26. Geoffrey Simon, London Symphony Orchestra, 1986

Holst - The Planets (Simon, London Symphony Orchestra, 1986)

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This is a sterling Planets.

“Mars” is zippy and no-nonsense. I’m guessing the trombone player was having a great time, because he/she got a bit ahead of himself/herself when playing the first phrase of his/her solo bit from 2:19-2:25. The aforementioned (and gender-unspecified) trombonist settled down when the phrase was repeated (2:25-2:31). In the loud rum-pa-pum-pum section (4:22-5:16), the snare drummer has a bit of trouble keeping a steady tempo. There’s also some dodgy intonation from a clarinet at 6:06. But apart from those peccadillos (as opposed to armadillos), this is eine gute “Mars”.

“Venus” is superb. So is “Mercury”.

“Jupiter”, however, is better than superb: it’s excellent. Here’s an example of that excellentness: In the return of the Jolly Tune (5:57-6:20), Holst asks for the tune to be played slower than it was the first time (1:01-1:22), and then speed it up to the tempo it was the first time. Geoffrey Simon and his merry band do exactly that. It’s perfect.

This really is a mighty fine Planets. The only thing I wish for is better sound. The sound quality’s not bad as it is, but for a Planets this good, I really think it deserves super-duper, demonstration-class sound quality.

Trivia: The more I listened to this Planets the more it crept up the list. I’m seriously thinking about putting this in the top 10.

Update: I didn’t.

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2 thoughts on “26. Geoffrey Simon, London Symphony Orchestra, 1986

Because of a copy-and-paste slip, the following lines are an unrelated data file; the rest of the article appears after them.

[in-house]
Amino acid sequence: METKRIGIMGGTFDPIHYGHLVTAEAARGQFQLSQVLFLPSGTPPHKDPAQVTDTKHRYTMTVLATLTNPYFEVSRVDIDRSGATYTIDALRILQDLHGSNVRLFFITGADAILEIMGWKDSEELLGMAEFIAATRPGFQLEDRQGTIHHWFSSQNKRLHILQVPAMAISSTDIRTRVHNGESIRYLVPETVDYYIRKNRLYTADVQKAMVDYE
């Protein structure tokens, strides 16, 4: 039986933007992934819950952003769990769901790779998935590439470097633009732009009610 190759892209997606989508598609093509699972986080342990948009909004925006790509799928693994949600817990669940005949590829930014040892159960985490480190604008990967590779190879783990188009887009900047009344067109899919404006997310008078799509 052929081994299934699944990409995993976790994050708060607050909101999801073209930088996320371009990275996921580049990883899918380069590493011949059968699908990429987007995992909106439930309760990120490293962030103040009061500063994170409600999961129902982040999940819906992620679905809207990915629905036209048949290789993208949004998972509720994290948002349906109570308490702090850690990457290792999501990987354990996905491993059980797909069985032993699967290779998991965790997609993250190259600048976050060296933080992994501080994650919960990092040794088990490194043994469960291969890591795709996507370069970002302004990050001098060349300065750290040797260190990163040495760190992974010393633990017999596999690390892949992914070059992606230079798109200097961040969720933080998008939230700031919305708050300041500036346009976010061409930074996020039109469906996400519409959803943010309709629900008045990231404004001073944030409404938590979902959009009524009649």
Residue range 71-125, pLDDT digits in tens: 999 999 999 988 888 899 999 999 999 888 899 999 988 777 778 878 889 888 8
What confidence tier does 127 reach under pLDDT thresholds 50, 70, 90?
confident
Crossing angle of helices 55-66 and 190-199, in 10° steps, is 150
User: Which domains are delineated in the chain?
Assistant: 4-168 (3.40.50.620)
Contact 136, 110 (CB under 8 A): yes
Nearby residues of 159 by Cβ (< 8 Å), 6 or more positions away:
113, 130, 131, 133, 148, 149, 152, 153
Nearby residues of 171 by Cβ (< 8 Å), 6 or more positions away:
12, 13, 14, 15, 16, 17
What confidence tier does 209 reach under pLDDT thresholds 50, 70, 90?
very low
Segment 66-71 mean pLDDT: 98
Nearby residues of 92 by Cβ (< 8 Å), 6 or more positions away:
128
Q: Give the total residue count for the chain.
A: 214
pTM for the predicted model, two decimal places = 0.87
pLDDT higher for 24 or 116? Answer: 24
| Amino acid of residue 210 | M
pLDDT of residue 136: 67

1. wonderboy September 20, 2016 / 5:21 pm

    a good performance, but nothing more

    Like

  2. Dylan September 29, 2018 / 1:54 am

    I love this performance. This is probably because this was the very first classical music recording that I owned. It was recommended to me by my high school section leader (Euphonium player).

    The recording is not great, and the LSO is not always perfectly in tune. But, I think they have a very emotional performance and great dynamics, both volume and tempo. I agree that this deserved a better recording and better production.

    Some of my love for this is nostalgia, but when I compare it to some other technically superior recordings, there are a few aspects to this performance that I haven’t heard yet from others, although I’ve probably only listened to 10 or so in my time. Jupiter is one of these facets, just as you mention. Additionally, I also prefer the pacing and dynamics of Neptune to most other recordings I’ve heard, but once again the intonation could be better, and that is unfortunate.

    Like

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